I wasn't doing this out of any need on my part to be rebellious, or out of some protest against the technology age, it was simply that at my age my memory is not what it used to be and when it comes to downloading my audiobooks and music on iTunes I am woefully out of practice. It, quite frankly, can take me an hour to do what my probably takes my young and hip nieces and nephews minutes, OK no, seconds to complete. I also do not always get it right the first time and have to really think long and hard sometimes about what it is I am trying to do.

Now, back in my early 30's when I was lucky enough to return to college to persue a second degree in fine art, I held tight to my conviction that print media, PHOTO print media was THE only way to go. I simply LOVED the smell, feel and experience of printing both color and black and white prints in a dark room environment. There was a wonderful camaraderie in a dark room that those who do it, understand what I mean. It never fails to make my heart beat faster in anticipation as you swish your recently exposed photo paper in the developer.  When the murky image starts to emerge you hold your breath expectantly waiting for the print you worked so hard on to appear before your very eyes.  Sure, there was TONS of disappointment concerning shots not captured or exposed incorrectly, but the feeling that comes over you when you get it just right is indeed indescribable. All your senses are engaged except for perhaps taste, although that is indeed subjective, as some of what came out of those dark room days were tasteless to be sure. : )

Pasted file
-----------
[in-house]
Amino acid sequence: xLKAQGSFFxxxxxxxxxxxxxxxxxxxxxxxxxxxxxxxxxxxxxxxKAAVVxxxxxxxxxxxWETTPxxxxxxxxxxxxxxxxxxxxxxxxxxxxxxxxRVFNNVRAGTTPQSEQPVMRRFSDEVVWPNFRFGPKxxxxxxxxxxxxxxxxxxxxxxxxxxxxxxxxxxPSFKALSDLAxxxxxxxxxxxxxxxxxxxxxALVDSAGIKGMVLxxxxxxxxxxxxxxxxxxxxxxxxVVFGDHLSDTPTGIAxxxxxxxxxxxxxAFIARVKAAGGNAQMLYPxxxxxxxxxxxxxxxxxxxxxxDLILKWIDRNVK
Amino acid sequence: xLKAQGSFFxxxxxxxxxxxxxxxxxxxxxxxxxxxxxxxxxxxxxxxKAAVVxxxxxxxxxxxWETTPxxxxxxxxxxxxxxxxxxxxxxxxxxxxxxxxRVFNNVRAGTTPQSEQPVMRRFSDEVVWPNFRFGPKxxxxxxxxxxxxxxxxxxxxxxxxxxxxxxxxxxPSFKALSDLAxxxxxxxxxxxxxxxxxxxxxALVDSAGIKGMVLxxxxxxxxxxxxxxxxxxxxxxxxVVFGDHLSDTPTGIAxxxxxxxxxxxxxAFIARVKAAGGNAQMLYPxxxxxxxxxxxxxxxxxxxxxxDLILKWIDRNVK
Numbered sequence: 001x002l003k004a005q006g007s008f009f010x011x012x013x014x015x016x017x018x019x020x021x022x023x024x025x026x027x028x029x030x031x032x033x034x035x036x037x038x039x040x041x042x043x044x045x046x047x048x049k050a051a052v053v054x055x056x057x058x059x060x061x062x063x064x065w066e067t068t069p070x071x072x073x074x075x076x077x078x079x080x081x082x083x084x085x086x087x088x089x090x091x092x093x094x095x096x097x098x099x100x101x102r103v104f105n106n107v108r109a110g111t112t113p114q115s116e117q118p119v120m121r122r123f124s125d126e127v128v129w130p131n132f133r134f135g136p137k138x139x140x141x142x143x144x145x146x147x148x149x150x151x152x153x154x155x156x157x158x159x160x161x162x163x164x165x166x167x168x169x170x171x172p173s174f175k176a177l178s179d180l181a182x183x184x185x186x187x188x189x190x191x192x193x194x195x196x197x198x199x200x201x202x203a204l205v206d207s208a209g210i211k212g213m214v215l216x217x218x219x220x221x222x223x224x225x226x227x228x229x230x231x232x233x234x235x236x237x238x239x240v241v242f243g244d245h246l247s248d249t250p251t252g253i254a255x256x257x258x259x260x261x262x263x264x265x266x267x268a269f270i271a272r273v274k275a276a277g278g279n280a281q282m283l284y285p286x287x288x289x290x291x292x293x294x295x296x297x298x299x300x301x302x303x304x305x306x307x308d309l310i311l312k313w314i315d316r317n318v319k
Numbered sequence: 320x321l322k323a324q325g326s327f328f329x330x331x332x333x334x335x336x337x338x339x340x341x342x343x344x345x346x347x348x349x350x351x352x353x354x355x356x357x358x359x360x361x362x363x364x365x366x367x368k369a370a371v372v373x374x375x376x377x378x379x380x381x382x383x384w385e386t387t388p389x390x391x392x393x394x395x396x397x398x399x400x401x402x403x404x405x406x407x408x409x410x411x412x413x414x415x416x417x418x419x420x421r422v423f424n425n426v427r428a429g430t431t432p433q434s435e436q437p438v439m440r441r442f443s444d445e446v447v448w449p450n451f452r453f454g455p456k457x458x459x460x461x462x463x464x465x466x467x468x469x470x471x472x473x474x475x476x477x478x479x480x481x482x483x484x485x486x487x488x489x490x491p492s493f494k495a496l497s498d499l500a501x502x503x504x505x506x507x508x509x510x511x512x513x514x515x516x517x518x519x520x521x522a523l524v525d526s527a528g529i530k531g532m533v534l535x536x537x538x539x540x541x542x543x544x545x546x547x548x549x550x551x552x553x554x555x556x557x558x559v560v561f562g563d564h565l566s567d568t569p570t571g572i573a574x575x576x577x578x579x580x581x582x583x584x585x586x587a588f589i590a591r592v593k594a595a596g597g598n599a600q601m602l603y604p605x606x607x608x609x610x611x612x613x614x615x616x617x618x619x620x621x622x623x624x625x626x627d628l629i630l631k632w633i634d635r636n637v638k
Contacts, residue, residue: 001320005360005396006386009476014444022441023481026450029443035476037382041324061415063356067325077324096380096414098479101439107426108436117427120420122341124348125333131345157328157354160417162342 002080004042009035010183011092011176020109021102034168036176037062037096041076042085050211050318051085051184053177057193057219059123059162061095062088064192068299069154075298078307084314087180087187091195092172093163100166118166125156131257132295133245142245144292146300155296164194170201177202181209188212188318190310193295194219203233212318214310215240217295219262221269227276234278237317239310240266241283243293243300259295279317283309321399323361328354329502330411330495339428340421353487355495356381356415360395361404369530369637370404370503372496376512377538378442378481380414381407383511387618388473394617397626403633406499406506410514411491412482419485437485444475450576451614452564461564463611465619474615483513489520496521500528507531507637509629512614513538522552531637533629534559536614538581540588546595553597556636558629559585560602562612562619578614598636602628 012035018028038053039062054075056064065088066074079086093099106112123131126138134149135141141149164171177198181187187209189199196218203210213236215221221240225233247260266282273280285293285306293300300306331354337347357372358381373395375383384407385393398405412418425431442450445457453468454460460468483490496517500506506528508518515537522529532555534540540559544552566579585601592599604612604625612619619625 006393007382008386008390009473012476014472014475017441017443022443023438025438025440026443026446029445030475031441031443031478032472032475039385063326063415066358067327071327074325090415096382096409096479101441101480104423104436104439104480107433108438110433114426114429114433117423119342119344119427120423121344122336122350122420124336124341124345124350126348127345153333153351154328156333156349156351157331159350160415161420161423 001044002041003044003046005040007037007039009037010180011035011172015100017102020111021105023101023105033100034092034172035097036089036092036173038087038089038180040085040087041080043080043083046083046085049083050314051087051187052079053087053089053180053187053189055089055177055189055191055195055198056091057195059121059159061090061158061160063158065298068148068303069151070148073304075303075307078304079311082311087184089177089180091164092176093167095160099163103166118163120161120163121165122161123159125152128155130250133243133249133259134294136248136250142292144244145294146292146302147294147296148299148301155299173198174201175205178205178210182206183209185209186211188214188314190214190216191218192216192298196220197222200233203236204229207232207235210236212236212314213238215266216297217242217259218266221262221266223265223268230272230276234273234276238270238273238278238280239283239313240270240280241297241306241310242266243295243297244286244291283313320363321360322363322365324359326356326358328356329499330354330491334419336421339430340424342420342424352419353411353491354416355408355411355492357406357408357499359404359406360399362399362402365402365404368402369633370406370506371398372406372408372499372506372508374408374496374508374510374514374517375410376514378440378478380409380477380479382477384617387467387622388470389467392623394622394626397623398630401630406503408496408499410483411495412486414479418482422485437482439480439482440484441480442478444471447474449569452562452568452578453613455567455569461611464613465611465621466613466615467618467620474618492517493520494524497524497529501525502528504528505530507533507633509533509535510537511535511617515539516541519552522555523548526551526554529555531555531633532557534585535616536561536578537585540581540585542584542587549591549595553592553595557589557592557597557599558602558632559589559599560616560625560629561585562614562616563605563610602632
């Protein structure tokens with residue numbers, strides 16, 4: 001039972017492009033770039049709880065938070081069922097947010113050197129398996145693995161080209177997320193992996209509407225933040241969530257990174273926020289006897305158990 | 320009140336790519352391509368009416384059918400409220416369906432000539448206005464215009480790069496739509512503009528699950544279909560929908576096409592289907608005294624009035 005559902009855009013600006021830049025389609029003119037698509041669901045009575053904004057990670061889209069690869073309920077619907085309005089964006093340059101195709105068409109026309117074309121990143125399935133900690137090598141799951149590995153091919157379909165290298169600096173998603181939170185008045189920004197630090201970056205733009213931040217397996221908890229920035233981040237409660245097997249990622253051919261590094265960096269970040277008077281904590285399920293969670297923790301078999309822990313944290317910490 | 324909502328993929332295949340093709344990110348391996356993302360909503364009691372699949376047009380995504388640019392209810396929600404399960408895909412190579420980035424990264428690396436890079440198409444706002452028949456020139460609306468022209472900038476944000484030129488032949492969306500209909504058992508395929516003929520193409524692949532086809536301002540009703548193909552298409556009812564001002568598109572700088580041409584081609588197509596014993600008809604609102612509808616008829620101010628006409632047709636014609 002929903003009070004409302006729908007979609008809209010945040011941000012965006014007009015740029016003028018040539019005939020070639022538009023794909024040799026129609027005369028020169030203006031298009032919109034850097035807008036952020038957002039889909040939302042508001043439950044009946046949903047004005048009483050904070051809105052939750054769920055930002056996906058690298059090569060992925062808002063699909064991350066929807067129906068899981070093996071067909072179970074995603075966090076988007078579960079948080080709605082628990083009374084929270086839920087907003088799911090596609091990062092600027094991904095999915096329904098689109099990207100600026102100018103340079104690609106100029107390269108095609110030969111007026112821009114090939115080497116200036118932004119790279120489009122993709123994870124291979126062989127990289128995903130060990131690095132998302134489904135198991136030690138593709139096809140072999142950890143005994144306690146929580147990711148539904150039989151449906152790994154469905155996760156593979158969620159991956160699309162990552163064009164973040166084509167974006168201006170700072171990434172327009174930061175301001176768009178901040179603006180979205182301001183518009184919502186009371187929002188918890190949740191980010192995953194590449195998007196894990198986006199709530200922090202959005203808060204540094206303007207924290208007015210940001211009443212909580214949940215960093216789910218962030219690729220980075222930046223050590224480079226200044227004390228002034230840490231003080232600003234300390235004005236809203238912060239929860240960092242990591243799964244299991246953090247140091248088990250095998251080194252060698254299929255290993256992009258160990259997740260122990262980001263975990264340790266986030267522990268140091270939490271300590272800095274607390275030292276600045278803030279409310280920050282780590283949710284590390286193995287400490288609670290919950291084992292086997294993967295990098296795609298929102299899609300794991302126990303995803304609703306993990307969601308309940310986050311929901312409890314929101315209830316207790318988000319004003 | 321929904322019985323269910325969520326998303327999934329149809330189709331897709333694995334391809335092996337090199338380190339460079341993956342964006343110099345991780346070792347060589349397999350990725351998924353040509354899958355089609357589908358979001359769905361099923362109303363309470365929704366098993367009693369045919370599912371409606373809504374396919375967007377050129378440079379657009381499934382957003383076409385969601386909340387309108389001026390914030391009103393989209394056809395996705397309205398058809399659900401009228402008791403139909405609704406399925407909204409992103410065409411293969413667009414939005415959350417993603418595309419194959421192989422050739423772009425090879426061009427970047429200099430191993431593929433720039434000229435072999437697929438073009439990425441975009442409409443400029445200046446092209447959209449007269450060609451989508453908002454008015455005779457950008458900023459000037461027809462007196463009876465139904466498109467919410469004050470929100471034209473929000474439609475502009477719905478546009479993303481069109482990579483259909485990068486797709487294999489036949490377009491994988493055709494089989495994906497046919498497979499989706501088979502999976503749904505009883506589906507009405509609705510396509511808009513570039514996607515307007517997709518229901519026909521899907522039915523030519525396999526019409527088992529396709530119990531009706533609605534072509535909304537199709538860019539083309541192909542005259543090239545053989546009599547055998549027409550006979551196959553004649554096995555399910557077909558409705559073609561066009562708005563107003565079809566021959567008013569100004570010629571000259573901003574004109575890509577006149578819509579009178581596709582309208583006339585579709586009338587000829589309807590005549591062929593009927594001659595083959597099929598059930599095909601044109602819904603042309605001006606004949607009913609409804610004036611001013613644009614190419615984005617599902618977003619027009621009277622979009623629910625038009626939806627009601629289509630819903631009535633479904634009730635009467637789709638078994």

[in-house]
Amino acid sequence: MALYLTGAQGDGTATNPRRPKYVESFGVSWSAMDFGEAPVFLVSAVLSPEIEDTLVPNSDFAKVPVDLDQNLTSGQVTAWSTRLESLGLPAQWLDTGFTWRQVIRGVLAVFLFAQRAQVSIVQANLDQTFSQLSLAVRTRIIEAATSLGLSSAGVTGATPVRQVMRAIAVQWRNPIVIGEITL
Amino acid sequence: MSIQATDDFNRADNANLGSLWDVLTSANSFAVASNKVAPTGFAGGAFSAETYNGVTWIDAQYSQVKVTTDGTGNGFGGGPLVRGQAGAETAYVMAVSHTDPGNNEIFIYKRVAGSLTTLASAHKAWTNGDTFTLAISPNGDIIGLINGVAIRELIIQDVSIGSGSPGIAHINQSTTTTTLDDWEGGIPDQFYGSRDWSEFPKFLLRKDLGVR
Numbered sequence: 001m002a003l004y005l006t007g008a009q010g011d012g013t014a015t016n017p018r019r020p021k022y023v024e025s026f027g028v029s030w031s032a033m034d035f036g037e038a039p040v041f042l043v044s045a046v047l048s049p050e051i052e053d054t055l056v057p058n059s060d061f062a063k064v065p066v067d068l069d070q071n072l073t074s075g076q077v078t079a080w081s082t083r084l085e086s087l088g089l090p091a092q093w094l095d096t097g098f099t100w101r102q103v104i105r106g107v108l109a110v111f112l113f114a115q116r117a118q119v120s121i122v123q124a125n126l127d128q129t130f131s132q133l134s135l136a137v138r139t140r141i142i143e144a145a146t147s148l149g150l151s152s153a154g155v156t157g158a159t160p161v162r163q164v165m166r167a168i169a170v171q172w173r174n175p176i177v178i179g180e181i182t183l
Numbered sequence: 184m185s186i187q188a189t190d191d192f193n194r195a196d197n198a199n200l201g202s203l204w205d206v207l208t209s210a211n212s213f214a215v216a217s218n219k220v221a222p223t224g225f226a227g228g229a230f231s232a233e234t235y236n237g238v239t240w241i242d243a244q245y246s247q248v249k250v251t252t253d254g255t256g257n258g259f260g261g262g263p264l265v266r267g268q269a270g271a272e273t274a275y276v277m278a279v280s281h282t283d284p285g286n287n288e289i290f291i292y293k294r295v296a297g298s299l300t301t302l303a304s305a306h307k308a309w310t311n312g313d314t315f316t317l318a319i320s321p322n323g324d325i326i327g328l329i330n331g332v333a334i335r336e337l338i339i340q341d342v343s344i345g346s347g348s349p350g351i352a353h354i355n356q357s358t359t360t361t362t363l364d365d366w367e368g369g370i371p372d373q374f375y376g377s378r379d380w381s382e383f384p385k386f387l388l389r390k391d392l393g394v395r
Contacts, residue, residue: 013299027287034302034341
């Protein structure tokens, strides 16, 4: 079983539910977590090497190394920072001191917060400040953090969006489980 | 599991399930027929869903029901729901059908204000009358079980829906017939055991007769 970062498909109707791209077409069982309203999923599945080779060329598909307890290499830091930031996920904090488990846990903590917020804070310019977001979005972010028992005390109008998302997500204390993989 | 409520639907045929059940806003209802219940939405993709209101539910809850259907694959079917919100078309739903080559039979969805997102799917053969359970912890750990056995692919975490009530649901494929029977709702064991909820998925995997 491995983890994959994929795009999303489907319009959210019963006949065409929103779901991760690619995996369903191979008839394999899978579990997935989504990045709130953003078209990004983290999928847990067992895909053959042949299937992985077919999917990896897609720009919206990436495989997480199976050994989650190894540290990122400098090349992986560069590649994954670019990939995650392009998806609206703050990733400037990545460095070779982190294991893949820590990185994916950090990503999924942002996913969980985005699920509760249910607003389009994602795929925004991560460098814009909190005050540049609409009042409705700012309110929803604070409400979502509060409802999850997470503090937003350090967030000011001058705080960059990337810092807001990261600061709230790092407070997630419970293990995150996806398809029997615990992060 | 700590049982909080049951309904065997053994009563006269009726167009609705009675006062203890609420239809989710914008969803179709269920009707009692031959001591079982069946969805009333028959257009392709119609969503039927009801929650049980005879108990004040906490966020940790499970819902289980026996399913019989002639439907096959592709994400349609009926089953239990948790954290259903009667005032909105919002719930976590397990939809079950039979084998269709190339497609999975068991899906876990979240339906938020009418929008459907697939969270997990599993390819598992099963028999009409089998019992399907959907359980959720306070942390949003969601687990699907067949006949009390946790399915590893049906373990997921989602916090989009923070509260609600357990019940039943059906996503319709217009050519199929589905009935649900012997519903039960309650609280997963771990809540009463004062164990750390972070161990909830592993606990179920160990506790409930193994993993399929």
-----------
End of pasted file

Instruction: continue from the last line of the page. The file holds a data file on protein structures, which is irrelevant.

I finally succumbed to the digital age once I relocated to New England since I  no longer had access to a free print studio. When you add on the expense of paying for the pleasure to make your artistic inspirations come to life it can quickly add up. So I "went digital" and it came with a whole new set of frustration and disappointment. I had to rely on a computer now which  took out all the fun and frivolity of a dark room experience. Boring. You really have to be truly self motivated to sit on your butt and stare at a screen instead of moving around a darkroom going from wet print to finished product. Far more satisfying in my opinion.